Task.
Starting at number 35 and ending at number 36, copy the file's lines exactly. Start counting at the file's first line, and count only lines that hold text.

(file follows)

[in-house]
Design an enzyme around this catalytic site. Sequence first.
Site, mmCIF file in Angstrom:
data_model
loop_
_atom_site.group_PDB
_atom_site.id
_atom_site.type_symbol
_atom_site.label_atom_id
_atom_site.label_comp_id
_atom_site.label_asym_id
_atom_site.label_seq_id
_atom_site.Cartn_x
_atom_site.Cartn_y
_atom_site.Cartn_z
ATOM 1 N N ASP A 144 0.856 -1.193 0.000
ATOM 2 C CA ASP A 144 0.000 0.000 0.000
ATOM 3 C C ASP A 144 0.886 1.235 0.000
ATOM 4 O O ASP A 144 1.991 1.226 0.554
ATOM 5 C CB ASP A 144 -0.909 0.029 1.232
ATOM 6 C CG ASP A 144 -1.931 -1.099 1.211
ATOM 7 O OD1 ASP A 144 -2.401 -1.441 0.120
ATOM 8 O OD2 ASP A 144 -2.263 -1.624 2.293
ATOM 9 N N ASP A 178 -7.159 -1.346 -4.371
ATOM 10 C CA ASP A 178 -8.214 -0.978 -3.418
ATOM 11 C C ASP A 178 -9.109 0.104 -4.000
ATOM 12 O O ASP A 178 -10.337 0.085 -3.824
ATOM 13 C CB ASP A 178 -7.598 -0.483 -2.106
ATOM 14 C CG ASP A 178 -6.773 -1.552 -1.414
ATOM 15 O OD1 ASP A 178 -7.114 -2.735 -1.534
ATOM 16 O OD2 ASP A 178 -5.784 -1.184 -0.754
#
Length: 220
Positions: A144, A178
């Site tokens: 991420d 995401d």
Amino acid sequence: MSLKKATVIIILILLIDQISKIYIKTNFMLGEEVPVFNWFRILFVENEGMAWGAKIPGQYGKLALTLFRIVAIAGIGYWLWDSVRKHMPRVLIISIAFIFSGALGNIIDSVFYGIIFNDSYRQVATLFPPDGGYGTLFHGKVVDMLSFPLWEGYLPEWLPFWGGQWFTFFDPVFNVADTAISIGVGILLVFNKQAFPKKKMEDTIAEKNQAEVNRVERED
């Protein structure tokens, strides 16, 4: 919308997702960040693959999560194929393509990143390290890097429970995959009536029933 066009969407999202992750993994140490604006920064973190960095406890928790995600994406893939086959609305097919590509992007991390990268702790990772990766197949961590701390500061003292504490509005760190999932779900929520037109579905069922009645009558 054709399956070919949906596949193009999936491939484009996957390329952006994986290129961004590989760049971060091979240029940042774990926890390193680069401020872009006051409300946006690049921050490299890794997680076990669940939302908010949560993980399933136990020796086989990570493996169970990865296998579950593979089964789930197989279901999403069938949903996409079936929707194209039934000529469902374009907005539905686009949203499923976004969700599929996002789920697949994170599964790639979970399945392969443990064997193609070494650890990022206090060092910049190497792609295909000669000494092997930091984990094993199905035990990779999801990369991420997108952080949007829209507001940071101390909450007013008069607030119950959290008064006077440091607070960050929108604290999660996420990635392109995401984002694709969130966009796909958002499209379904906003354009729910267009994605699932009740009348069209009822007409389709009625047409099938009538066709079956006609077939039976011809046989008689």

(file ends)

């Site tokens: 991420d 995401d």
Amino acid sequence: MSLKKATVIIILILLIDQISKIYIKTNFMLGEEVPVFNWFRILFVENEGMAWGAKIPGQYGKLALTLFRIVAIAGIGYWLWDSVRKHMPRVLIISIAFIFSGALGNIIDSVFYGIIFNDSYRQVATLFPPDGGYGTLFHGKVVDMLSFPLWEGYLPEWLPFWGGQWFTFFDPVFNVADTAISIGVGILLVFNKQAFPKKKMEDTIAEKNQAEVNRVERED